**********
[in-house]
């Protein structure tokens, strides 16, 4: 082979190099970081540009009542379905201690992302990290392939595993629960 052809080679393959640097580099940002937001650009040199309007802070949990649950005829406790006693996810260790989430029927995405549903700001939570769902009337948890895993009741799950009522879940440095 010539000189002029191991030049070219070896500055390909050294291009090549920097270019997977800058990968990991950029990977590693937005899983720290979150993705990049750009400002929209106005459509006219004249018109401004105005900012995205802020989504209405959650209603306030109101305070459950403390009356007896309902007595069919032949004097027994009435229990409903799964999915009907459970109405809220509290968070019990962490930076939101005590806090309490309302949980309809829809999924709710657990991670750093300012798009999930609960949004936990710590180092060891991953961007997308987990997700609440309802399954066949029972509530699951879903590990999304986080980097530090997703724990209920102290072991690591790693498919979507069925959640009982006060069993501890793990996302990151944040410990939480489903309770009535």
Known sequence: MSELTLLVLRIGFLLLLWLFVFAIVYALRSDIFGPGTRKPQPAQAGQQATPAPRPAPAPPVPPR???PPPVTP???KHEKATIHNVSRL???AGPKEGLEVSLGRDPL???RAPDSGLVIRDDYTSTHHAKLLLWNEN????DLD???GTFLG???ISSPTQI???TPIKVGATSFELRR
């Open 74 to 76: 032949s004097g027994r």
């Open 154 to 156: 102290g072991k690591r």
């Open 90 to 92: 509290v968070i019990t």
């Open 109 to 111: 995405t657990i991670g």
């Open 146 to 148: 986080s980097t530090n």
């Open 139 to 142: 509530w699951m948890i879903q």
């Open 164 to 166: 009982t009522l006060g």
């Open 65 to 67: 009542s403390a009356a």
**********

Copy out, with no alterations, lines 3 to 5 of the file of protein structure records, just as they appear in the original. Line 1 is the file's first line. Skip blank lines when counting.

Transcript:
Known sequence: MSELTLLVLRIGFLLLLWLFVFAIVYALRSDIFGPGTRKPQPAQAGQQATPAPRPAPAPPVPPR???PPPVTP???KHEKATIHNVSRL???AGPKEGLEVSLGRDPL???RAPDSGLVIRDDYTSTHHAKLLLWNEN????DLD???GTFLG???ISSPTQI???TPIKVGATSFELRR
């Open 74 to 76: 032949s004097g027994r």
């Open 154 to 156: 102290g072991k690591r």